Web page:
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Harvey Clark, former TV newsman, city representative, and PGW executive, dies at 76

He also served on boards at the Philadelphia Convention and Visitors Bureau, the International Visitors Center, the Philadelphia Orchestra, and the Philadelphia Civic Center.

Opinionated, brutally honest, and eager to be active, Harvey Clark ran unsuccessfully for Congress in 1994.
Opinionated, brutally honest, and eager to be active, Harvey Clark ran unsuccessfully for Congress in 1994.Read moreAndrea Mihalik

Harvey Clark, 76, a versatile, award-winning Philadelphia TV reporter in the 1980s, a city representative under Mayor Ed Rendell in the 1990s, and vice president of communications for Philadelphia Gas Works in the 2000s, died Saturday, Oct. 16, of liver cancer at the Veterans Administration Hospital in San Juan, Puerto Rico.

As a newsman at WCAU-TV Channel 10 from 1978-91, Mr. Clark won several awards for his exhaustive and informative coverage of the 1985 MOVE standoff that resulted in Philadelphia police dropping a bomb on a fortified house. The explosion triggered a raging fire that killed 11 people and destroyed 61 homes in West Philadelphia.

Using interviews, firsthand reporting, camera work, and reporting by colleague Pete Kane and others — and with police bullets whistling around him — Mr. Clark spent 24 straight hours detailing the horrific event to captivated CBS viewers. He was later honored for that work by the National Association of Black Journalists, and Channel 10 won an Alfred I. Dupont-Columbia University Award for excellence in broadcast journalism.

Mr. Clark also won two local Emmys in 1987 as managing editor and host of Channel 10: the People, a public affairs show that produced groundbreaking documentaries. He won acclaim for his coverage of the drug trade in North Philadelphia, the plight of homeless women in Philadelphia, and other important local stories.

He is prominently featured online by the Broadcast Pioneers of Philadelphia.

“He knew the backstory of every politician, every church, every union,” said Doug Oliver, the current vice president of governmental and external affairs at Peco, and a former protégé of Mr. Clark at PGW.

Mr. Clark was fired at WCAU in 1991, halfway through a four-year contract, after clashing with management about the nature of his coverage. He spent 1992 to 94 with Rendell as the city representative, ran unsuccessfully as a Democrat for Congress in 1994, and worked in 1997 as special assistant for broadcast media to New Jersey Gov. Christie Whitman.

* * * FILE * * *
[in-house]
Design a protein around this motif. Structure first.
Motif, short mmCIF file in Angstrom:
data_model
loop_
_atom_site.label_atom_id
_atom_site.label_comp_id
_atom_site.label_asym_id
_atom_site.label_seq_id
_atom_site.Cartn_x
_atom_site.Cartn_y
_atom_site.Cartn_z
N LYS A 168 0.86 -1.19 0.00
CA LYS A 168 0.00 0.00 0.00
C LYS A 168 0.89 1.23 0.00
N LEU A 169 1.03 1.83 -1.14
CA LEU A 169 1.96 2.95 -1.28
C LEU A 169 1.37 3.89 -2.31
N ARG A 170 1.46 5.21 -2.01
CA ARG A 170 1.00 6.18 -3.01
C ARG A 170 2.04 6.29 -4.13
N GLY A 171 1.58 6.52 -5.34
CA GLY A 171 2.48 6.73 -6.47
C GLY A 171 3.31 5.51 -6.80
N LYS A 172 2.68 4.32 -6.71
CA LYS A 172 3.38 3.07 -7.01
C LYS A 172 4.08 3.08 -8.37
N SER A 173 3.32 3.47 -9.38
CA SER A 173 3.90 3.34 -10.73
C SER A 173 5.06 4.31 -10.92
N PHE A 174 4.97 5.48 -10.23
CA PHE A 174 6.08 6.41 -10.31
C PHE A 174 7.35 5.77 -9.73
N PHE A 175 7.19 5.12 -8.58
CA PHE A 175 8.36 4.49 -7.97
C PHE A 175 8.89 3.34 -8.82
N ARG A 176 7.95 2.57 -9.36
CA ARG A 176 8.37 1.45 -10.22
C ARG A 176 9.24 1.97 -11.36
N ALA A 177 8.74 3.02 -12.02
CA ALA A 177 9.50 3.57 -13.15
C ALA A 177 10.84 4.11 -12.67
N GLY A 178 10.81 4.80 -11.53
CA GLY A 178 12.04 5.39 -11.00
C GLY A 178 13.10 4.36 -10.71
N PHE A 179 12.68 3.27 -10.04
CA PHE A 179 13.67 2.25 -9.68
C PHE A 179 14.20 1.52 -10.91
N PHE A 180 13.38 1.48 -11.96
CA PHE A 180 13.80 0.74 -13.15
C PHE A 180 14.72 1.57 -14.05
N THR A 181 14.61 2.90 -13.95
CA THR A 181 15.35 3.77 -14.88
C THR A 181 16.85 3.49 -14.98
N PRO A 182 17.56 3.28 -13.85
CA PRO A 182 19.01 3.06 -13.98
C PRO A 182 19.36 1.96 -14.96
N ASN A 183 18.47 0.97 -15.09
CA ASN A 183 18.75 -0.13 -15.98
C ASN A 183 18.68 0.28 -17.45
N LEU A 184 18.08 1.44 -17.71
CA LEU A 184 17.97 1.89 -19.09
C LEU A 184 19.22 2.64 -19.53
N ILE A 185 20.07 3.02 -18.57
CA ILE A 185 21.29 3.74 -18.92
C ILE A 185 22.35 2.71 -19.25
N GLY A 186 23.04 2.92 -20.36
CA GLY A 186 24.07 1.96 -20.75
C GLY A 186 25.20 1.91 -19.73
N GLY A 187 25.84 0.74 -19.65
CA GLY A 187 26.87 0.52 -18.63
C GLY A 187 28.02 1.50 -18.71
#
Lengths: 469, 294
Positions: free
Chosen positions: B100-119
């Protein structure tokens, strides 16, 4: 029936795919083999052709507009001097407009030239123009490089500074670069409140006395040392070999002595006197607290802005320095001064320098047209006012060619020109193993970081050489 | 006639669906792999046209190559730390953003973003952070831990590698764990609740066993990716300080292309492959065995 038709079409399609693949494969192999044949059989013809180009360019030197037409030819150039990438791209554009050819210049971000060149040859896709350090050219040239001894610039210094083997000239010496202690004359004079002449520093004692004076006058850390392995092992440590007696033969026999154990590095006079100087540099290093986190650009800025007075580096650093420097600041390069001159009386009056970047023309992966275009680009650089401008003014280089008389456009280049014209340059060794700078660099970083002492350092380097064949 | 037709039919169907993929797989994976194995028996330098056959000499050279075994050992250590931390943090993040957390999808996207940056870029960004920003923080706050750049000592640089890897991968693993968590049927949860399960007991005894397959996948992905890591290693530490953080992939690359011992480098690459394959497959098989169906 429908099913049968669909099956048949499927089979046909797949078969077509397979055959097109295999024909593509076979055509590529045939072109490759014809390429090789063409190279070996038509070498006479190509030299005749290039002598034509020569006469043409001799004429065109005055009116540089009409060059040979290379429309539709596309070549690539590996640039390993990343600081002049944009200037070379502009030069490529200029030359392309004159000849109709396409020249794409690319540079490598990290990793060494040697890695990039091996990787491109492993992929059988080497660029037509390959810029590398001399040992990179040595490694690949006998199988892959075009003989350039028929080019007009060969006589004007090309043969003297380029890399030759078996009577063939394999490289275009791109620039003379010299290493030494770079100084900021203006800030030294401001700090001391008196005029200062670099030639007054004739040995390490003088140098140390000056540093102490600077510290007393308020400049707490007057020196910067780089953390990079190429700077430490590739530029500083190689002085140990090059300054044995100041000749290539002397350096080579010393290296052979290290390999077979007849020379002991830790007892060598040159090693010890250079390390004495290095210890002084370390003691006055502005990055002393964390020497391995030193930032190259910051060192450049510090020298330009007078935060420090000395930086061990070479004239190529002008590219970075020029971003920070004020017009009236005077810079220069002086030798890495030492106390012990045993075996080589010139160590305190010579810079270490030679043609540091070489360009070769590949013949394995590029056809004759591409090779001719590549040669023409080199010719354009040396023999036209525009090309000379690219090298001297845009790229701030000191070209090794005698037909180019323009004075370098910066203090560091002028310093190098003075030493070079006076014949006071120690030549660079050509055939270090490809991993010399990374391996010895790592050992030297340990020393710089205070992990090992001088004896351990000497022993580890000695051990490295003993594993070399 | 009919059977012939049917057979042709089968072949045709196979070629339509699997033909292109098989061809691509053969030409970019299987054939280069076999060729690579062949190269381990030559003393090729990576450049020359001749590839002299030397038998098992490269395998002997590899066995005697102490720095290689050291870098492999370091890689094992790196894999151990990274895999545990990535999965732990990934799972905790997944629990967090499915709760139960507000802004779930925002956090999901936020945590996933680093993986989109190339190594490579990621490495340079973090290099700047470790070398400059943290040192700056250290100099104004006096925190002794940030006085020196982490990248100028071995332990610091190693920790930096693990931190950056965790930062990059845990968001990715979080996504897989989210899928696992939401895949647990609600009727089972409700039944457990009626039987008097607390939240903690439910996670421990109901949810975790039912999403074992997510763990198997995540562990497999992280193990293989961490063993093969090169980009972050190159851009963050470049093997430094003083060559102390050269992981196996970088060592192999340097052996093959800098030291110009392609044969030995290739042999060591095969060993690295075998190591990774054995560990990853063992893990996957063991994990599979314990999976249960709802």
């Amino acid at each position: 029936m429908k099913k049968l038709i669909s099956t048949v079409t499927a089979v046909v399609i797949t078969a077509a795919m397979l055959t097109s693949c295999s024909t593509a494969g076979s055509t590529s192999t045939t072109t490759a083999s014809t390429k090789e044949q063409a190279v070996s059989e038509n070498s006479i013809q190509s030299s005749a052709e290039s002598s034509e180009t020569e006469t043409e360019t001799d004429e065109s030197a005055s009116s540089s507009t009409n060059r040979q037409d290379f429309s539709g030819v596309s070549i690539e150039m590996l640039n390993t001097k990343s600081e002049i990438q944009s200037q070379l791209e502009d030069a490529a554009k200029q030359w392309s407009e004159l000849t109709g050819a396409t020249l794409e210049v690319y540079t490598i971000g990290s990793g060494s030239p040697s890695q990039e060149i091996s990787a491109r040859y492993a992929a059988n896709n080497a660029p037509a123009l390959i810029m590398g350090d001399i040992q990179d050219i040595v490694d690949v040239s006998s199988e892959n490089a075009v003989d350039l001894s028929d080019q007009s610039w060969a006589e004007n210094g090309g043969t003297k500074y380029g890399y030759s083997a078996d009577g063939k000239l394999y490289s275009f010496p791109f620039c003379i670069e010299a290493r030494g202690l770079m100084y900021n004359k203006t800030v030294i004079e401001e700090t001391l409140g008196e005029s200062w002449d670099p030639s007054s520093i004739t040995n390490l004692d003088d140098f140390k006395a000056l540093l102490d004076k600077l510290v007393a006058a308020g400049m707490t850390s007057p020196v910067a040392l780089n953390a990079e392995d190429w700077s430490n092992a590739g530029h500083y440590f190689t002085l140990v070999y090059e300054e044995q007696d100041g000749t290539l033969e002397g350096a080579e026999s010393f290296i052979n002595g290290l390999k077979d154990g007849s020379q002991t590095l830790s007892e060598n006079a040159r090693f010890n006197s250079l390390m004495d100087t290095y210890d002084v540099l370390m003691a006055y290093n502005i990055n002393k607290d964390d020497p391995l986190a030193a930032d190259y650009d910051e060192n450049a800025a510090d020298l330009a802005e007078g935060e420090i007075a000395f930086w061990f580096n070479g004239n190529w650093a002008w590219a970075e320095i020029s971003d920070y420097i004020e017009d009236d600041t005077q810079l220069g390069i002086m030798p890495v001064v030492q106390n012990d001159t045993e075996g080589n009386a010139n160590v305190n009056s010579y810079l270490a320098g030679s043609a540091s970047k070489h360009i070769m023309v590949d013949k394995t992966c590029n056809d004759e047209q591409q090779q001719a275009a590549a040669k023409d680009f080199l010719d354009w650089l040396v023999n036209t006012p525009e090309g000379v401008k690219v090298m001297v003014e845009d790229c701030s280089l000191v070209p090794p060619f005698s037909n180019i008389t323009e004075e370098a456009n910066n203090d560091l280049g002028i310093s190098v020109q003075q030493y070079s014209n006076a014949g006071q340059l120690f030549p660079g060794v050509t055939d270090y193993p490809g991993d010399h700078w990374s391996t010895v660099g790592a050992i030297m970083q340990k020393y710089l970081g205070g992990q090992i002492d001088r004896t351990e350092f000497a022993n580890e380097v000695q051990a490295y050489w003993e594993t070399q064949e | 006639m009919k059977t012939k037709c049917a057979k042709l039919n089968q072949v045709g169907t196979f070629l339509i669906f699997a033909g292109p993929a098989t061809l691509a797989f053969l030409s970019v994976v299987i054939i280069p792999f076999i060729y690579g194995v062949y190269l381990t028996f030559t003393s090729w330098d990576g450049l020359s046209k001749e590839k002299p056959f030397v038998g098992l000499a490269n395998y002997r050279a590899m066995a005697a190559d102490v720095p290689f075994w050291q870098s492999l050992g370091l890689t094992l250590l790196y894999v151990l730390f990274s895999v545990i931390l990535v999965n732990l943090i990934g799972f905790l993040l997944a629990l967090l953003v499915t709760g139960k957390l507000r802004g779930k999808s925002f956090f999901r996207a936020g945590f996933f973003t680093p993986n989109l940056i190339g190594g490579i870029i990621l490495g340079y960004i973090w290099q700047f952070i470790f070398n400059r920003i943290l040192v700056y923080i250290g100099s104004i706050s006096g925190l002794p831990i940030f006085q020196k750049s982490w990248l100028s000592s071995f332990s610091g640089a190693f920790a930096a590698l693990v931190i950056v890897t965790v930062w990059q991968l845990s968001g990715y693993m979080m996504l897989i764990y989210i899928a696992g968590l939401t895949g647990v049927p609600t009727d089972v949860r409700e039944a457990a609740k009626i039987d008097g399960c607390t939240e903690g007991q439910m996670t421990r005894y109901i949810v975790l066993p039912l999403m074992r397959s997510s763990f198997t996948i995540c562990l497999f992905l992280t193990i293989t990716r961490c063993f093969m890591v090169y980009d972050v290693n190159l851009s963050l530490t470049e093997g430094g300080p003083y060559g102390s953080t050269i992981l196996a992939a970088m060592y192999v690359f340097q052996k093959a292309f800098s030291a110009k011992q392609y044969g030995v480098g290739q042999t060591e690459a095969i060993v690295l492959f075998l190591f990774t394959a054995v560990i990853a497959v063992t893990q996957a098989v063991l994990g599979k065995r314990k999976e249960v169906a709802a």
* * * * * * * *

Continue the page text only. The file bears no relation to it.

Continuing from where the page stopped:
From 1998 to 2004, he worked as a spokesman and later vice president of communications at PGW.

Born in Chicago on Feb. 18, 1945, Mr. Clark and his family were victims of the Cicero, Ill., race riot. On July 11 and 12, 1951, a mob of 4,000 white rioters attacked the apartment building in the Chicago suburb to which Mr. Clark, his older sister Michele and their parents, Harvey Clark Jr. and Johnetta Clark, had recently moved. More than $20,000 of damage was done to the building, and all of the Clarks’ possessions were destroyed. Mr. Clark was 6.

Homeless for a year, recalling that time, Mr. Clark told the Daily News in 1986, “It makes an impression on you that’s so strong, it brands a part of your insides.”

After graduating from Tilden High School in Chicago, Mr. Clark spent four years in the Navy, and then graduated from Vassar College with a bachelor’s degree in political science.

In 1972, Mr. Clark’s sister Michele, the first Black female news correspondent at CBS, was killed in a plane crash in Chicago. After speaking at her memorial service, he was approached by Richard Salant, then president of CBS News, and encouraged to pursue his own broadcasting career.

“He said, ‘Listen, I think you have an interesting speaking voice,’ ” Mr. Clark said in a 2016 online interview for Broadcast Pioneers of Philadelphia. “ ‘If you ever think about this business, call me.’ ”

So, between his junior and senior years at Vassar, Mr. Clark enlisted Salant to sponsor him in a minority journalism training program at Columbia. Later, the program was renamed the Michele Clark Fellowship Program.

After graduating from Vassar and the Columbia program, Mr. Clark was hired by Salant and assigned to WCCO-TV in Minneapolis. He left after two years and moved to Philadelphia and Channel 10 in 1978.

Opinionated and outspoken, Mr. Clark was not reluctant to challenge authority and call for change. “He was a wordsmith, and good at putting his thoughts to words,” said Trudi Brown Williams, his executive producer at Channel 10.

Away from work, Mr. Clark liked to read James Michener, tell stories, play golf, and yell at the TV news when he got agitated. He met his wife, Anna Marie, in 1988 at a party, and they married in 2004. He had a son, Derek, from a previous relationship.

“There was nothing false about him,” said his wife. “He was true to himself and others. He commanded any room he entered.”

In addition to his wife and son, Mr. Clark is survived by three grandchildren and other relatives.

A celebration of his life is to be held later.

Donations in his name may be made to the Michele Clark Academic Prep Magnet High School, 5101 West Harrison St., Chicago, Ill. 60644.